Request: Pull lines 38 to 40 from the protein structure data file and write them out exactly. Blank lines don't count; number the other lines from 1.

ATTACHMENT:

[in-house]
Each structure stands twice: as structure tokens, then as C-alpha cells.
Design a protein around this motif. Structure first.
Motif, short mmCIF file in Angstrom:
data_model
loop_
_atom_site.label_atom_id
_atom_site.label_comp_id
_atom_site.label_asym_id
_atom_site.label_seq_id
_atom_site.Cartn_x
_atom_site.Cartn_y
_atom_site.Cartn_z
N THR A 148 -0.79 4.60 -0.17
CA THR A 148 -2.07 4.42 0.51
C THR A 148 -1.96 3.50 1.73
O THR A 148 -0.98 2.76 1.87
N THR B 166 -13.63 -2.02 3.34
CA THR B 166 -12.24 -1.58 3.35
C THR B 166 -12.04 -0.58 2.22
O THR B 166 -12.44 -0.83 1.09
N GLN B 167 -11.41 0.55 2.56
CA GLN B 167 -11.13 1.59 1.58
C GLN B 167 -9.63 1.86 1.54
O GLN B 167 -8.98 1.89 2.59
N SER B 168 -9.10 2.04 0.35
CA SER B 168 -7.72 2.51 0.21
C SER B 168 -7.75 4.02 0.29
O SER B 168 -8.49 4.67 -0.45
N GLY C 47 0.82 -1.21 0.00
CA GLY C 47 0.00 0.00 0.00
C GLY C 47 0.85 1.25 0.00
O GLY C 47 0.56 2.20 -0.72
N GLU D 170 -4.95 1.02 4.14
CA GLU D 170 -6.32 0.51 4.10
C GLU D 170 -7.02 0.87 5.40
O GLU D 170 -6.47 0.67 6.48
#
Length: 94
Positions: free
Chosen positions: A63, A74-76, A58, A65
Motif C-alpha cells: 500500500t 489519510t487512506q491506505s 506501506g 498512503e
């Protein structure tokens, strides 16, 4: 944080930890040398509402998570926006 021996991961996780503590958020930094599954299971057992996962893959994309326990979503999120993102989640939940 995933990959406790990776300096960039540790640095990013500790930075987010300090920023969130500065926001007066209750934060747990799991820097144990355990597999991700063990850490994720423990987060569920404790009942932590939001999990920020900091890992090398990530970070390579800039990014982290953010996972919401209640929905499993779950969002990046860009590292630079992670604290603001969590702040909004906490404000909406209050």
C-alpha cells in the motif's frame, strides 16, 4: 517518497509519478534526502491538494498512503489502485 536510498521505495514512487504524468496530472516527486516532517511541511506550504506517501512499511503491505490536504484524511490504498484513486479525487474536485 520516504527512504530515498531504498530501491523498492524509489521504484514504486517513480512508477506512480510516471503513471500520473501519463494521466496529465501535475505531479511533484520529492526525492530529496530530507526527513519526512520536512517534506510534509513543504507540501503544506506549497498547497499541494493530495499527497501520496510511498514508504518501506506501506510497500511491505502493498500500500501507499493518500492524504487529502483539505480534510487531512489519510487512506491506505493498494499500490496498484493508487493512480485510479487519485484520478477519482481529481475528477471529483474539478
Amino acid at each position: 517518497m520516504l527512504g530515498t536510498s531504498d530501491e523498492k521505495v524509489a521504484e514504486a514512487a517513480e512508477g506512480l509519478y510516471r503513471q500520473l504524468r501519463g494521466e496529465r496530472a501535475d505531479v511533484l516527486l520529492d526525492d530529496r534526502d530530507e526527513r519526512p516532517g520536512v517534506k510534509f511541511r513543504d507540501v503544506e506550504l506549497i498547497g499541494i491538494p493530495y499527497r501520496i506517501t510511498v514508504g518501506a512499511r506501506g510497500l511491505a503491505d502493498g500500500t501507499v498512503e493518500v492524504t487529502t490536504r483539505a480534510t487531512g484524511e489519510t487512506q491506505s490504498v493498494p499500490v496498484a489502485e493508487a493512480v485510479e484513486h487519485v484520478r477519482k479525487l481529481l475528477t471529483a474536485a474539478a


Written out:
#
Length: 94
Positions: free